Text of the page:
Elevator No. 1, standing nearly 150 feet high at the ridge, was constructed with a timber-framed ground level, a middle level of grain bins of solid-stacked dimension lumber walls and a timber framed upper portion. The two storage elevators were each over 465 feet long, creating a granary capacity of 5 million bushels.

Each of the three elevators contained over 2 million board feet of lumber and the structures today contribute the world’s largest known supply of virgin forest old-growth Eastern White Pine.

The elevators were used for decades to store Minnesota wheat, which would then be transported across Lake Superior and through the Soo Locks to markets across the nation and beyond.

They had outlived their usefulness by 1988 but remain standing at the edge of the Duluth waterfront, in an area highly prized for redevelopment, placing their future in peril.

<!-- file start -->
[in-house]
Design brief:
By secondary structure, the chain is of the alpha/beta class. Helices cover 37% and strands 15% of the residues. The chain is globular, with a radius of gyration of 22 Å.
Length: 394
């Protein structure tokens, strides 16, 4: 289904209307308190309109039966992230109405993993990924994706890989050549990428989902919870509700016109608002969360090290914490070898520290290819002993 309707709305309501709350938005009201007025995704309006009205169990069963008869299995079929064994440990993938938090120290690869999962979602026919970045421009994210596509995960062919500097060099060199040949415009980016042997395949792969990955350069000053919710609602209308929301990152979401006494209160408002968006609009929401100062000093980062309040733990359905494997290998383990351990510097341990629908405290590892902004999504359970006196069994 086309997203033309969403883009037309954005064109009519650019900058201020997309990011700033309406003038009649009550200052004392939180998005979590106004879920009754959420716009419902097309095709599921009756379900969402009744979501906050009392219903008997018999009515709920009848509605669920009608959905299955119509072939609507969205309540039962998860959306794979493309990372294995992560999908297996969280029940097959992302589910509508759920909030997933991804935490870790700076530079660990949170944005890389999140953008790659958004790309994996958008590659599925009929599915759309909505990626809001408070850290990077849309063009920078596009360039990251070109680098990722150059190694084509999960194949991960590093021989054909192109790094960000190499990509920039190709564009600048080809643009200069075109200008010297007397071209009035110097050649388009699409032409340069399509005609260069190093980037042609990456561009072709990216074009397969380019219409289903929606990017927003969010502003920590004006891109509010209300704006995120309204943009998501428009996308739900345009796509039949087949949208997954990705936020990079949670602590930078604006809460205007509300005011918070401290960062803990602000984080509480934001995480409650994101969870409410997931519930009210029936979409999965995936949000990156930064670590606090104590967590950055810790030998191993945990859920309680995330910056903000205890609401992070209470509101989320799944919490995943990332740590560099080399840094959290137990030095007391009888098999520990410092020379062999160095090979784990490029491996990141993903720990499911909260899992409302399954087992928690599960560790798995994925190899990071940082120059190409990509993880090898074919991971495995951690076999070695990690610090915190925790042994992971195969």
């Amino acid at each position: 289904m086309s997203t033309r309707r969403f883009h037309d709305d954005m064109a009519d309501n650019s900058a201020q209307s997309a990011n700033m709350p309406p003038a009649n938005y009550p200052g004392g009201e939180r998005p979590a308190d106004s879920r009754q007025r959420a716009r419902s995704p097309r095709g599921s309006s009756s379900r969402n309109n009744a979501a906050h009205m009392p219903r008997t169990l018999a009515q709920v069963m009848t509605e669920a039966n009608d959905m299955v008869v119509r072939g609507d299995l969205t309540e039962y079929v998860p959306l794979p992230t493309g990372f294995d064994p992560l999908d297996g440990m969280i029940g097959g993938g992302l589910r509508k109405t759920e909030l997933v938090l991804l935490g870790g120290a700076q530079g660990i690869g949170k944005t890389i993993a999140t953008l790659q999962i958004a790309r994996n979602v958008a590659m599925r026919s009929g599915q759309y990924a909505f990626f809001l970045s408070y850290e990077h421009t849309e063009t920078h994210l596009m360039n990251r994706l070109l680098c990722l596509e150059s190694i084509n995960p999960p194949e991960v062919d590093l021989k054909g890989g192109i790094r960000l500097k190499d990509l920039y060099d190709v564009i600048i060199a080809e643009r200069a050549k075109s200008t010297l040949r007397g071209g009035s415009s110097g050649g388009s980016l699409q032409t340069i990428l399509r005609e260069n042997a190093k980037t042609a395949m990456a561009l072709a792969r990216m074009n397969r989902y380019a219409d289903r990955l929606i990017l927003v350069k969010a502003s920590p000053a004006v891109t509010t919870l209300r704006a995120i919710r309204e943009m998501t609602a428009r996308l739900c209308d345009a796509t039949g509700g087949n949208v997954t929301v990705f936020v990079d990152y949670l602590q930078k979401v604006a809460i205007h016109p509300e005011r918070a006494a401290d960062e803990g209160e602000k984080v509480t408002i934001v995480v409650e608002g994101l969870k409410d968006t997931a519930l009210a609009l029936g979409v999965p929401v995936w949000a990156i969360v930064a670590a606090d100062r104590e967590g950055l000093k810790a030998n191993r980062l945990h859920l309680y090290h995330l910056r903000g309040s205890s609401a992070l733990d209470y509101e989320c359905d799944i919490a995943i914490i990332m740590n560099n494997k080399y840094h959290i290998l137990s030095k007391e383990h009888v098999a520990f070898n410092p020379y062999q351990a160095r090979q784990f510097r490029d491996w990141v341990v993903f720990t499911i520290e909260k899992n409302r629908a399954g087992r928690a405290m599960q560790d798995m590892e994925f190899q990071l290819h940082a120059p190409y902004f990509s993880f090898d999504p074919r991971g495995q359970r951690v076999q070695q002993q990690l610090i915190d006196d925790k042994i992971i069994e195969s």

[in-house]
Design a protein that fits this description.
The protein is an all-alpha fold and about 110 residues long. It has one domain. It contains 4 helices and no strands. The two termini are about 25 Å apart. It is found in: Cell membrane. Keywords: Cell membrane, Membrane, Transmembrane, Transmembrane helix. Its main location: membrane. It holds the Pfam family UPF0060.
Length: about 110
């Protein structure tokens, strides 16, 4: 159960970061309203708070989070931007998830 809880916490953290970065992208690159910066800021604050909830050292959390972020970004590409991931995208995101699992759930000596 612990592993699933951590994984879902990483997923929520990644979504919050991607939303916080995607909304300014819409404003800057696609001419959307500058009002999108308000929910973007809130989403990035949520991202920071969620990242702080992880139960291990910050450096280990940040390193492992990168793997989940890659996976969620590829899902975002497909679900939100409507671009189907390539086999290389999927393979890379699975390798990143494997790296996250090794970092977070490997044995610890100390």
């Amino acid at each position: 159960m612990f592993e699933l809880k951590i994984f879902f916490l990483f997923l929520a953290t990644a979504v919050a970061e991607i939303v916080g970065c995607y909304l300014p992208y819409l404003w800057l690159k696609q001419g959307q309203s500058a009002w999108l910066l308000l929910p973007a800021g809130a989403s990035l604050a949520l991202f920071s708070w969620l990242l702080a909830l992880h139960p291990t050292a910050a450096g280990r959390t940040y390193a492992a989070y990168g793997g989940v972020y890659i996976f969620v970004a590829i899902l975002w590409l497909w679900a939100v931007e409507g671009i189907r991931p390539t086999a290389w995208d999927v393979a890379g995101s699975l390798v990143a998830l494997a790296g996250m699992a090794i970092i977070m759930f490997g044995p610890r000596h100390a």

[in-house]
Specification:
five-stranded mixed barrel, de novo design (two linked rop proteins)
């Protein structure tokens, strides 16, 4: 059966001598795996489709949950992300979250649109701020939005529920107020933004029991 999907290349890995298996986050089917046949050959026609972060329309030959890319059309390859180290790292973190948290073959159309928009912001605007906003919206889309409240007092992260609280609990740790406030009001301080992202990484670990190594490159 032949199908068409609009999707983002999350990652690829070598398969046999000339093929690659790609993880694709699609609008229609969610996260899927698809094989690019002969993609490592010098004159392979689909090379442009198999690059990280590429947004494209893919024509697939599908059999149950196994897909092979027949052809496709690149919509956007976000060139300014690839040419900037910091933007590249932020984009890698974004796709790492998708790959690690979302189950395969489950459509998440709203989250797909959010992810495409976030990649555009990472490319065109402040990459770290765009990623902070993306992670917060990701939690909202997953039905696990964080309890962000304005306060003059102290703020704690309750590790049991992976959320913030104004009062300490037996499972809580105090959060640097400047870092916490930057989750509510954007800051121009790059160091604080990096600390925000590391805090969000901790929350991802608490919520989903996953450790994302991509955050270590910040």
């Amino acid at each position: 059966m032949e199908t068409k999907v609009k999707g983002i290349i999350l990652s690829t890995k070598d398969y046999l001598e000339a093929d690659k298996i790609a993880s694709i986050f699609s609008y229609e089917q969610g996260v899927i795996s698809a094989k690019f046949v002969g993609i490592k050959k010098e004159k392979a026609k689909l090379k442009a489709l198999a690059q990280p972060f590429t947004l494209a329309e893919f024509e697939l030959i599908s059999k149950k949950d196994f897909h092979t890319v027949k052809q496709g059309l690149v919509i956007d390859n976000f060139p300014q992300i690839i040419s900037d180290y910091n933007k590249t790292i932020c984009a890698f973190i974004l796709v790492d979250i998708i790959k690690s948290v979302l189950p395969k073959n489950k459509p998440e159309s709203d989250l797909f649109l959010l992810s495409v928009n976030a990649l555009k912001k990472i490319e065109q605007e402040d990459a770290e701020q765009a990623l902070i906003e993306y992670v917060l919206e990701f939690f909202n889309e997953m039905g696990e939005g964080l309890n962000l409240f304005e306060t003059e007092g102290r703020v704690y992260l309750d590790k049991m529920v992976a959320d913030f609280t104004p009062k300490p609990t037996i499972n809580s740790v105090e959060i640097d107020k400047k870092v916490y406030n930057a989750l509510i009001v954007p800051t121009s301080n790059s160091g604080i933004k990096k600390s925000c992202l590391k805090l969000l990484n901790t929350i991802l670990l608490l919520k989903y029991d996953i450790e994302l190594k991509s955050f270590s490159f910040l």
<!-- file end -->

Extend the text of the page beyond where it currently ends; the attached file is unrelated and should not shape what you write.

In 2005, a company was formed to salvage all that valuable old-growth lumber, which remains in largely pristine condition. The project was so remarkable that it drew a nod from the Axmen reality television show broadcast on The History Channel last winter.

That company has since gone into bankruptcy, but salvage operations continue.

“No wood harvested within our generation can compare with the density and stability of this true old growth wood,” Ory said. “The pine has a unique patina that comes from over a century of oxidation, seasonal moisture content changes and exposure to natural grain particles.”

The salvaged materials come to Enterprise Wood Product sawmill, located just a few miles off the west side of Pelican Lake, in huge slabs. They are disassembled the old-fashioned way, by hand, using a hammer and series of plastic wedges.

“We’ve tried using various mechanical methods, but they just don’t work,” Ory says. “It damages the wood.”

Once they are taken apart, the wood timbers are trimmed and the thousands and thousands of square-headed nails, many in pristine condition, are removed.